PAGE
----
Constantly running beneath recent debates on the effects of robotization on employment (how many non-automated jobs will there be?) is the question whether modern societies are able to offer everyone a full-time job. Does working time necessarily diminish with technological progress and economic development? It is in order to answer this question that Jonathan Gershuny and Kimberly Fisher have studied the results of surveys on individual workers’ hours in 16 countries over the last five decades. In this article, they describe the trends that emerge with regard to work in the broader sense.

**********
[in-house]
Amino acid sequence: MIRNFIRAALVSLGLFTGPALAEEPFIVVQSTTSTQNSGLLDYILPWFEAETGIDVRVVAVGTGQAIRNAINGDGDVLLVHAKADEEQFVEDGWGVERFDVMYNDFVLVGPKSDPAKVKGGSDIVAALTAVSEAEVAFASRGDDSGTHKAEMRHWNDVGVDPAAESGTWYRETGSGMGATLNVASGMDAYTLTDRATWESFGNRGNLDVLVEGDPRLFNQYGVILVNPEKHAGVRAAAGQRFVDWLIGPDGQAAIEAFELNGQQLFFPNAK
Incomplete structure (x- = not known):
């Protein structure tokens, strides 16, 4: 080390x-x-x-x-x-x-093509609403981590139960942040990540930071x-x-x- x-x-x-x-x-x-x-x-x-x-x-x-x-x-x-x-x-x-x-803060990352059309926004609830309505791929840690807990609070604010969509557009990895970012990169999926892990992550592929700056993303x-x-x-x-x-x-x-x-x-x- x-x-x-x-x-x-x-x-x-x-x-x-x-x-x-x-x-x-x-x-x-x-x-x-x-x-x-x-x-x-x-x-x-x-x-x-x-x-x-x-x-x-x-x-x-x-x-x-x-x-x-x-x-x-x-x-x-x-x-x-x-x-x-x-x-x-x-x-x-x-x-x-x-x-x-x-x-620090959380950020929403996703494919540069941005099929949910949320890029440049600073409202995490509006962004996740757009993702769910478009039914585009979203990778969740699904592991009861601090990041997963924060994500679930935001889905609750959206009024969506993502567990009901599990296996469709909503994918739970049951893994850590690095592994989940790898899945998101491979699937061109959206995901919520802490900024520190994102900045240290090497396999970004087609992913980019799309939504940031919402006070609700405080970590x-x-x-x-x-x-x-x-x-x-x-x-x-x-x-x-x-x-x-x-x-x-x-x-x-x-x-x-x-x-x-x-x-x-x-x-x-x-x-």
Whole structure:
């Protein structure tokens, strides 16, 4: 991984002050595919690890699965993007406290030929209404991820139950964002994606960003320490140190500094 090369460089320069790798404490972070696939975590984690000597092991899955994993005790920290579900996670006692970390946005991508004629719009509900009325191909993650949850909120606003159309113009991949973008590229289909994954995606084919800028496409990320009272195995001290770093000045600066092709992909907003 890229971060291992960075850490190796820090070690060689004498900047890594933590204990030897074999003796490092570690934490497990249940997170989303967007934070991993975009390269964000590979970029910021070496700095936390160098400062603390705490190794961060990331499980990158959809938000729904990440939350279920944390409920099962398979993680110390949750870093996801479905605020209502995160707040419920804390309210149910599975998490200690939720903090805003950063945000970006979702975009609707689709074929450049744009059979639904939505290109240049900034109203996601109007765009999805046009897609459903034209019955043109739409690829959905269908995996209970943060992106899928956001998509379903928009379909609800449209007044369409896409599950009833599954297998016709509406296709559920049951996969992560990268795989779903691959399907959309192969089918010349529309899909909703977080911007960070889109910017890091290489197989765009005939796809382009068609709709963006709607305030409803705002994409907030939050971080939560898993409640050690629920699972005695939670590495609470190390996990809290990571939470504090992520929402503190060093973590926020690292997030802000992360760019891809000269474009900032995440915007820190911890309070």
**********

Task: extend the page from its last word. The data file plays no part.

After looking back over the way aspirations and relations to work and leisure have changed since the 19th century (drawing mainly on Veblen’s theories), Gershuny and Fisher present the various surveys that underpin their analysis and describe their methodology. They then identify a number of major trends: a degree of historical constancy and similarity between countries over the last 55 years in terms of the time devoted to (paid + unpaid) work; a convergence in the trends among male and female workers and near parity between the sexes as far as time devoted to all (paid + unpaid) work is concerned; an apparent historic levelling-off of working hours around eight-and-a-half hours per day; and a reversal in the human-capital-related work-leisure gradient (the better educated now work more), which the authors associate with a growth in “exploit” as opposed to “industry” (to use Veblen’s terminology) within paid work in early 21st century societies.
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